Dating a vox amp

Ironically, this affects the resale value which is quite unfair because it probably means your amp is much more dependable and better sounding than an amp that's got all failing original components!

If you want an exact year, you could try the vintage guitar forum though I've not been there for a while so I don't know how active it is these days. Check this link out: The VOX Showroom - VSEL Vox AC-30 Top Boost Amplifier But then the larger vents came in the Birch-Stolec era, so your amp could be a transitional model - not the absence of bell covers for the speakers: there's always the possibility that the amp is one era and the cab speakers another, like you said.

People began to refer to these amplifiers as AC30TBs.

Later on, Vox also offered additional versions of the AC30 unit.

From what I can gather red mustard caps (known as "ketchups") were rather common occurance in 1965-66 so my guess would be around that for the innards. In the mid seventies I built six 50 watt versions of an AC30 in proper official Vox chassis & cabinets. Was working for a UK music shop at the time, so they definitely got out there in the wild.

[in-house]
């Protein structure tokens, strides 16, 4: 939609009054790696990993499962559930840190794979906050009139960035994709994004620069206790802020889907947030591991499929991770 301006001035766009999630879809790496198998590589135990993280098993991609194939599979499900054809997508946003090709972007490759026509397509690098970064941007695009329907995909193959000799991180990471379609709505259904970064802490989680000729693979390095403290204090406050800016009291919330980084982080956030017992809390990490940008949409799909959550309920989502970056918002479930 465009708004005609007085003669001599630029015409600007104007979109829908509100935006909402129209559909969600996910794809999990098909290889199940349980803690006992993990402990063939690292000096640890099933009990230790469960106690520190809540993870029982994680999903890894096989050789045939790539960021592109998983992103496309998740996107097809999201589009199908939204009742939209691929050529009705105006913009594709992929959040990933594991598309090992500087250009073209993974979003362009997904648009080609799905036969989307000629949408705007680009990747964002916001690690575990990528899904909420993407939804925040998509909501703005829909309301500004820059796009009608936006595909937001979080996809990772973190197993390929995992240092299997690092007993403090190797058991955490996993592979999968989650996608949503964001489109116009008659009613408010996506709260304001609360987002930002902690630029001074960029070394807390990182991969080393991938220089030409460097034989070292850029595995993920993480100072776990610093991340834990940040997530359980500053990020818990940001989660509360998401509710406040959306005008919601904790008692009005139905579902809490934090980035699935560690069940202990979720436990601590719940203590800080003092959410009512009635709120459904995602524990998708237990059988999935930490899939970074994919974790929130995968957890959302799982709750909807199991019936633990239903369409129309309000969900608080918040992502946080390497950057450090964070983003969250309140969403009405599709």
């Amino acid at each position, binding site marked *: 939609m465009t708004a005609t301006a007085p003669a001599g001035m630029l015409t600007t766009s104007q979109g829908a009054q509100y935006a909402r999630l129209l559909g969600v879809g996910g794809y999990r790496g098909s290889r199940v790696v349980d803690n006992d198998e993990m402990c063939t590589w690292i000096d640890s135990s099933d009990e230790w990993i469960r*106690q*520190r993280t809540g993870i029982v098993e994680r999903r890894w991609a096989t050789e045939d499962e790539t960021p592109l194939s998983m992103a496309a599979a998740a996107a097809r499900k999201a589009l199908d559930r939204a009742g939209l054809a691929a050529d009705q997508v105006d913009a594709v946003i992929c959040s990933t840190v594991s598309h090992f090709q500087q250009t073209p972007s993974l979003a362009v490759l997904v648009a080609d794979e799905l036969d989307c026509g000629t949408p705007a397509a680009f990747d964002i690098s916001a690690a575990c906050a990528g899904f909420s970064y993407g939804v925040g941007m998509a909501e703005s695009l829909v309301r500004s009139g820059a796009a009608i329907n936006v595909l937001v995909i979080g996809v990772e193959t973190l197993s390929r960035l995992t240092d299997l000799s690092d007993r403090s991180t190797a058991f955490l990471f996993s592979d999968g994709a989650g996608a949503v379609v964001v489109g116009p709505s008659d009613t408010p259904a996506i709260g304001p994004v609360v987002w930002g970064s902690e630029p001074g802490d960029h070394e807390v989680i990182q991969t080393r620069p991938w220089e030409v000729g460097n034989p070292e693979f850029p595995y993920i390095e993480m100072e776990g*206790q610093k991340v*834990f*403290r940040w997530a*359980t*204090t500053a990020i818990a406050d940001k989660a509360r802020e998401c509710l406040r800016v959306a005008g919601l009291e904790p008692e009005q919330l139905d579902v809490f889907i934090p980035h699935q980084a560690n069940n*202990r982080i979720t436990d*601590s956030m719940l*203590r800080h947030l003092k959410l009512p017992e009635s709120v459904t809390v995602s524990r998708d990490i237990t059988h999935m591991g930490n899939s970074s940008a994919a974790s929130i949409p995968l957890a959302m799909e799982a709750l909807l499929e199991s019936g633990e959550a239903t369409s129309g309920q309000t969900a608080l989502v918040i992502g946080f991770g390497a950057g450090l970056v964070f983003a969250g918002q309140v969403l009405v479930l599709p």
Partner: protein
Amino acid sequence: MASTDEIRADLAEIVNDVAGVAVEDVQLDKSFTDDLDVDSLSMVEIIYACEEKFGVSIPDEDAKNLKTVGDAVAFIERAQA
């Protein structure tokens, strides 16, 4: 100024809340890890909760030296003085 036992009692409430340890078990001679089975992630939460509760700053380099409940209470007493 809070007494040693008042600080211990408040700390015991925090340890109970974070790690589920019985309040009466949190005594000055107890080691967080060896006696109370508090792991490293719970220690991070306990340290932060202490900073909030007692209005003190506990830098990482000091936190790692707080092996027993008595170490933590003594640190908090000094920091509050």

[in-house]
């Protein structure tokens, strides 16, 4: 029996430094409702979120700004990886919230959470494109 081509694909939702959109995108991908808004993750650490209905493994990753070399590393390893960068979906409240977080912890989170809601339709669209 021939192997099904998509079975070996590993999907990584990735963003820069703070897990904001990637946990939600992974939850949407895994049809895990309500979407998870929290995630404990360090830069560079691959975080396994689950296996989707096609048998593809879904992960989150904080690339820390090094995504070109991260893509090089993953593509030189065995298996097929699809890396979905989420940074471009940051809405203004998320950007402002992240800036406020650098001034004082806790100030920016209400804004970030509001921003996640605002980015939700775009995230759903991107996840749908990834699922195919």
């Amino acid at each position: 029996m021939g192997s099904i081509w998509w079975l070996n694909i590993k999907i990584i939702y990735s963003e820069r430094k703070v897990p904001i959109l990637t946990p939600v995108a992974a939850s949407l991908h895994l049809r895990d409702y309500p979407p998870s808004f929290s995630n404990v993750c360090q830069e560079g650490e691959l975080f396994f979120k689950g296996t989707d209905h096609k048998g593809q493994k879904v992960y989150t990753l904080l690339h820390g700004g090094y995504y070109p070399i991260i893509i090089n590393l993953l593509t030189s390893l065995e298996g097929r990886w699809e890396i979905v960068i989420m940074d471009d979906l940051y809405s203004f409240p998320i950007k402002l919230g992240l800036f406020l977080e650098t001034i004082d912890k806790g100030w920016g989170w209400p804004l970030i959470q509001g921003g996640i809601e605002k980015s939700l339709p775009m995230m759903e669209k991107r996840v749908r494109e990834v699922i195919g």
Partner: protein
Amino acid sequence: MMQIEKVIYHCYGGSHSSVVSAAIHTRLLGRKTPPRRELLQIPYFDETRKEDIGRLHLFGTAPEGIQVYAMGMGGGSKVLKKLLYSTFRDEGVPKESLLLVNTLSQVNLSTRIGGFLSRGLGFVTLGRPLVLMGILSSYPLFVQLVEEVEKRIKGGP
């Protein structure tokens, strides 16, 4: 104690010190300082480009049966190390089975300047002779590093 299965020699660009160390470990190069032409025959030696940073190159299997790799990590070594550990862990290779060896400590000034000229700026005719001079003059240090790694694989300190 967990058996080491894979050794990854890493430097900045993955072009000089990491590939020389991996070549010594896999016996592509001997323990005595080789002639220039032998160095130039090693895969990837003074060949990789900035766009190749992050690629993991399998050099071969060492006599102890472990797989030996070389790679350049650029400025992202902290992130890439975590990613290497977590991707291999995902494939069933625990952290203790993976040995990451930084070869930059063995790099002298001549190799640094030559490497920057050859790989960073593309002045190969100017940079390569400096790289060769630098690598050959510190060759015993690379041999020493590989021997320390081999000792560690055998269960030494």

About this time, the "Top Boost" (or "Brilliance") feature became available as Vox's optional addition of a rear panel-mounted circuit that introduced an extra gain stage and tone controls for bass and treble (as opposed to the single "tone" control of earlier AC30s).

The AC30/4 also carried over the AC15's preamplifier circuit, which included the EF86 pentode in its "Normal" channel.

Vox initially offered a 1×12" version but subsequently introduced the 2×12" AC30 Twin, which solved the volume problem at larger venues.

Yours has a few part substitutions - I don't think the Power transformer looks original (is that a date on it?

), and various caps and resistors have been replaced over the years.

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It is known that it is the 'brilliant' model (or top boost) and it was Edge's earliest amp used to record every U2 album Since the higher output AC30/4 shared its preamplifier design with the lower powered AC15, Vox discovered the high-gain EF86 tube was susceptible to microphonics, or even failure, when exposed to the increased vibration present in this uprated amp.

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